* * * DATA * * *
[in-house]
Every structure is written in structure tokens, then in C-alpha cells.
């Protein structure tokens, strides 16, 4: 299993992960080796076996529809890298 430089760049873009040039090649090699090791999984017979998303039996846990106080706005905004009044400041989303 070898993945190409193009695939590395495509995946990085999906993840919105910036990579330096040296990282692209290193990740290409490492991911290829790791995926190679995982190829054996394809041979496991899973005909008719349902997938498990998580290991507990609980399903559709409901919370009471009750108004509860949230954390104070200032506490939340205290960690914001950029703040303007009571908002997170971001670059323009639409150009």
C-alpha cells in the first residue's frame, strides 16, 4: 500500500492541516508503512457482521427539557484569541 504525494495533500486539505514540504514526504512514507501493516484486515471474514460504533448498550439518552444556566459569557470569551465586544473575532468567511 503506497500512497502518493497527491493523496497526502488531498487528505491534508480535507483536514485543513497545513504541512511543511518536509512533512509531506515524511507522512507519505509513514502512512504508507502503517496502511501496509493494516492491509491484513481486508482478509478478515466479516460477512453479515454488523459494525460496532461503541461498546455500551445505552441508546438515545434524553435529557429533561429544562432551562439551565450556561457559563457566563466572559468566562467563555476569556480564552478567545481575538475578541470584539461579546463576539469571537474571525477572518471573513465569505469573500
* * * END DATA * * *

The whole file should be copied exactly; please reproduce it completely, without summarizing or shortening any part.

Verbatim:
[in-house]
Every structure is written in structure tokens, then in C-alpha cells.
């Protein structure tokens, strides 16, 4: 299993992960080796076996529809890298 430089760049873009040039090649090699090791999984017979998303039996846990106080706005905004009044400041989303 070898993945190409193009695939590395495509995946990085999906993840919105910036990579330096040296990282692209290193990740290409490492991911290829790791995926190679995982190829054996394809041979496991899973005909008719349902997938498990998580290991507990609980399903559709409901919370009471009750108004509860949230954390104070200032506490939340205290960690914001950029703040303007009571908002997170971001670059323009639409150009």
C-alpha cells in the first residue's frame, strides 16, 4: 500500500492541516508503512457482521427539557484569541 504525494495533500486539505514540504514526504512514507501493516484486515471474514460504533448498550439518552444556566459569557470569551465586544473575532468567511 503506497500512497502518493497527491493523496497526502488531498487528505491534508480535507483536514485543513497545513504541512511543511518536509512533512509531506515524511507522512507519505509513514502512512504508507502503517496502511501496509493494516492491509491484513481486508482478509478478515466479516460477512453479515454488523459494525460496532461503541461498546455500551445505552441508546438515545434524553435529557429533561429544562432551562439551565450556561457559563457566563466572559468566562467563555476569556480564552478567545481575538475578541470584539461579546463576539469571537474571525477572518471573513465569505469573500